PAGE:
Can I get benefits separately from other people I live with?

If you live with other people – and you buy and prepare your own food separately from them most of the time - you may be able to get your own SNAP benefits. You are not required to keep your food separate from their food, use a different stove or refrigerator. You are not required to have cooking facilities to qualify for SNAP. 106 C.M.R.§ 361.200.

On the application form, if you live with other individuals, you will be asked to answer the following question about the people you list on the application “Do you purchase and prepare food together?” You must answer this question truthfully, but the fact that you do not have money to buy food is not questionable. You may be getting food from food pantries, getting free meals from a church or soup kitchen, or borrowing money for food. DTA should ask for proof of the living situation only if the information you provide appears “questionable” to the DTA worker, but lack of money to buy food is not questionable. See What if DTA questions the proofs I sent them?.

Example 1: Jane and Steve are roommates who share an apartment. Both have jobs, but Jane only has part-time work. They occasionally share a meal together, but they buy, prepare and consume the majority of their food separately. Jane and Steve can be separate SNAP households.  Unless they are a legally married couple, they can be separate SNAP households.

Example 2: Sally is a single mother with one child. She is 25 years old and shares an apartment with her sister. Sally pays half of the rent. She purchases and prepares most of her own food for herself and her child, even though she uses her sister’s kitchen. Sally and her child can be a separate SNAP household.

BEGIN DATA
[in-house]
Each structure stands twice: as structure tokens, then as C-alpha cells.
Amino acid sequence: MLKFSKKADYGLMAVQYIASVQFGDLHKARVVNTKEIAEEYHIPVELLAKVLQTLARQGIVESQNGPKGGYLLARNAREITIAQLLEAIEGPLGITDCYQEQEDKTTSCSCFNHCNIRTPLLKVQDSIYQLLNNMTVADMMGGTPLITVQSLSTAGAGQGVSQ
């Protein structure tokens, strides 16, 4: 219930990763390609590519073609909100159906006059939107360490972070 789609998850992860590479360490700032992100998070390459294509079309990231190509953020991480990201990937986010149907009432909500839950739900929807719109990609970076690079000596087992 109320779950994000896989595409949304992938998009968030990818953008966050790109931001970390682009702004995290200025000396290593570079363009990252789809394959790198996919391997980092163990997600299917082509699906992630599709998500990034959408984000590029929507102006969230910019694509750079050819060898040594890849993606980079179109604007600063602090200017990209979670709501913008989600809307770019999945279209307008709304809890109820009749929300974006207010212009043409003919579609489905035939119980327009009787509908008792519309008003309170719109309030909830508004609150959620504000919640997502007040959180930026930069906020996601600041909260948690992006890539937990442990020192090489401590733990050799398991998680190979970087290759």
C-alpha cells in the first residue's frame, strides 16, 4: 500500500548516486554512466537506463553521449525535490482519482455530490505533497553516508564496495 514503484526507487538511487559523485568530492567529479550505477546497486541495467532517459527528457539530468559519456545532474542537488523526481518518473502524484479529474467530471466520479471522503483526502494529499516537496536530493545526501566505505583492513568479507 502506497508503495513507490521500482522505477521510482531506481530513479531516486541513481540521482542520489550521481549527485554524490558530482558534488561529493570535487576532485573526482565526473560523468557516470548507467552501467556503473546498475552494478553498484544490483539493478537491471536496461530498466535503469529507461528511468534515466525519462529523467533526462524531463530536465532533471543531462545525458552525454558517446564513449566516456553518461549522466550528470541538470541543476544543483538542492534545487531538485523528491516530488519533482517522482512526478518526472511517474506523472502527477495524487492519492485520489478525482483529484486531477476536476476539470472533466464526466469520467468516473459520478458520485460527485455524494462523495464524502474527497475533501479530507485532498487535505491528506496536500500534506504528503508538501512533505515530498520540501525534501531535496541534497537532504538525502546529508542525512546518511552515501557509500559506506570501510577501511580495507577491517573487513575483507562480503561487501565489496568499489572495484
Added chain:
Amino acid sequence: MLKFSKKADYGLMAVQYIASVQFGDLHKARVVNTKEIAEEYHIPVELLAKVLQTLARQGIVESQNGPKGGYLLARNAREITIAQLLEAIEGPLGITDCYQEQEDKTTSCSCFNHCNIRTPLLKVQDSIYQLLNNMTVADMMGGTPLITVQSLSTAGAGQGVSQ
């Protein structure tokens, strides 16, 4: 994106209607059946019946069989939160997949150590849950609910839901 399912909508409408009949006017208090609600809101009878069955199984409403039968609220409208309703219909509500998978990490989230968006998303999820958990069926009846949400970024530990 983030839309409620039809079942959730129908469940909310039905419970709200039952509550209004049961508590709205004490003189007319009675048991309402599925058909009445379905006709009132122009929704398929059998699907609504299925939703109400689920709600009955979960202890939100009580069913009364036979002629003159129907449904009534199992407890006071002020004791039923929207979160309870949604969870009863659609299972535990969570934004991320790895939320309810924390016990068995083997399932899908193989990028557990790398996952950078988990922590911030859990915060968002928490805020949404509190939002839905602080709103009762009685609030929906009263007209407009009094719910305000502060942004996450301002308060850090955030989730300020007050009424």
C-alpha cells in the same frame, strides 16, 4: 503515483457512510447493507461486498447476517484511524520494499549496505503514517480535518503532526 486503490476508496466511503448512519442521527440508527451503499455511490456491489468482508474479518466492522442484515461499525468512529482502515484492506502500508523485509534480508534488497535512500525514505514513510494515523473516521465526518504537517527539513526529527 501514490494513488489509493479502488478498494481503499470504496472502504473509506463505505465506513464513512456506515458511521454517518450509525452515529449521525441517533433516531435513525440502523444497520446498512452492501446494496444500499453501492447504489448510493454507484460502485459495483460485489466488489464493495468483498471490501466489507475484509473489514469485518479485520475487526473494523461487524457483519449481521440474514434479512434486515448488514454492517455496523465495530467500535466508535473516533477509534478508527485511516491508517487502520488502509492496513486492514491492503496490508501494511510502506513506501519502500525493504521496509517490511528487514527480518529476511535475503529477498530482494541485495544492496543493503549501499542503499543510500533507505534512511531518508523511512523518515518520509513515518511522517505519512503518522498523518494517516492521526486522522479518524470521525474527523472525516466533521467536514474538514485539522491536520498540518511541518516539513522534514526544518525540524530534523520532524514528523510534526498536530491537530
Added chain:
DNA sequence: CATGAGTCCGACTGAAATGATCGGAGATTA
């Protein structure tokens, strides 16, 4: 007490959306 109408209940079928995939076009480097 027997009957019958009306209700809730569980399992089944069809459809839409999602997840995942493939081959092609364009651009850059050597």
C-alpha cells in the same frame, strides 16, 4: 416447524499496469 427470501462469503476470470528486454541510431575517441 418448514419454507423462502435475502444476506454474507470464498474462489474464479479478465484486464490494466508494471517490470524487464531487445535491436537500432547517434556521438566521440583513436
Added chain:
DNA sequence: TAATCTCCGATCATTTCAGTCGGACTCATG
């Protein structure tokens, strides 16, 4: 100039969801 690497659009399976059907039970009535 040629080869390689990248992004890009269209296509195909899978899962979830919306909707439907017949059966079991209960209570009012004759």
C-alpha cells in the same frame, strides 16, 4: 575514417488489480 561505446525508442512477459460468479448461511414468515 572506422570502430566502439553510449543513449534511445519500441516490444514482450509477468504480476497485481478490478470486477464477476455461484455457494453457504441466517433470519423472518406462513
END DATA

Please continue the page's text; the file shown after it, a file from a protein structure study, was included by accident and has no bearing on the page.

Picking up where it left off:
Advocacy Reminders:

DTA Policy Guidance:

DTA Online Guide: SNAP > Eligibility Requirements > Household Composition

Additional Guidance
  • Battered woman who moves to a domestic violence shelter can be own SNAP household even if still part of the SNAP household she fled from. Transitions Hotline Q &A (May 2012)
  • Applicant need not verify “household composition” (e.g., that the applicant purchases and prepares separately) unless situation is questionable. Transitions Hotline Q&A, (May 2008)
  • Roommate subletting not required to get a “shared housing verification form” filled out; roommates can be separate households without verification unless questionable. Transitions Hotline Q&A, (July 2007)
  • DTA clarifies the majority of meals concept in a Bay State CAP mailing to SSI recipients living with others but preparing most meals separately, as follows: “most means 11 or more meals per week.” F.O. Memo 2005-50, Attachment B (Oct. 3, 2005).

Hide Additional Policy Guidance

Produced by Patricia Baker and Victoria Negus
Last Updated January 2017

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